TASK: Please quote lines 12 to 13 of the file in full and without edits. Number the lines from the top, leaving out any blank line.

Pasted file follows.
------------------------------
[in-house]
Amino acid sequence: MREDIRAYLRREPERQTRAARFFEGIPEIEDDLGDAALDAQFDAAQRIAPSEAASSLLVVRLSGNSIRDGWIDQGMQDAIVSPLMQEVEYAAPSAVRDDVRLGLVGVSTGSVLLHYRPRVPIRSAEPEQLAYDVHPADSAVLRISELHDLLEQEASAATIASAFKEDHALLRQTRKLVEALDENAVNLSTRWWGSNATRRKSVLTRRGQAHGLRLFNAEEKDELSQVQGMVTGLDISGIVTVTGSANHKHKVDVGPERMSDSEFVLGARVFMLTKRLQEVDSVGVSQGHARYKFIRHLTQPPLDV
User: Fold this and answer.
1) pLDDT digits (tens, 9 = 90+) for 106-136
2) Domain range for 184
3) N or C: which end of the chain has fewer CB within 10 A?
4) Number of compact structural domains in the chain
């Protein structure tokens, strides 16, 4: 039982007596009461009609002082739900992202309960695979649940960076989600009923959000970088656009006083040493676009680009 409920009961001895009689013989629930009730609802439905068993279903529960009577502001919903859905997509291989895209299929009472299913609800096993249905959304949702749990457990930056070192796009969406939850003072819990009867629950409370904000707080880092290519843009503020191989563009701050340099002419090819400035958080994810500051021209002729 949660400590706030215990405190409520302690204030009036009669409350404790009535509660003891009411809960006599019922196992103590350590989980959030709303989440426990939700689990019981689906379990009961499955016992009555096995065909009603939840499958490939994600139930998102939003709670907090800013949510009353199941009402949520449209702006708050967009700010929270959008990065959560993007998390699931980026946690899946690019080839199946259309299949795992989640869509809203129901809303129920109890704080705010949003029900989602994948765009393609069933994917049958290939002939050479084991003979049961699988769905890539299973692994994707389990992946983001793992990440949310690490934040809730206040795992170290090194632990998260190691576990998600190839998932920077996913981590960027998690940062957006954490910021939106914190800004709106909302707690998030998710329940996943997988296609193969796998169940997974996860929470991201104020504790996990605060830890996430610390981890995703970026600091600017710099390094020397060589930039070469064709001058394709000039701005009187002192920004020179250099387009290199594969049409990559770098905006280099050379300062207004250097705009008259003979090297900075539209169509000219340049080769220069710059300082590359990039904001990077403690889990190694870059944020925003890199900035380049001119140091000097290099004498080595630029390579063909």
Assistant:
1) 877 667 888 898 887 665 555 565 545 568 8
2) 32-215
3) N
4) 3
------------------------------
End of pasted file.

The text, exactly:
3) N
4) 3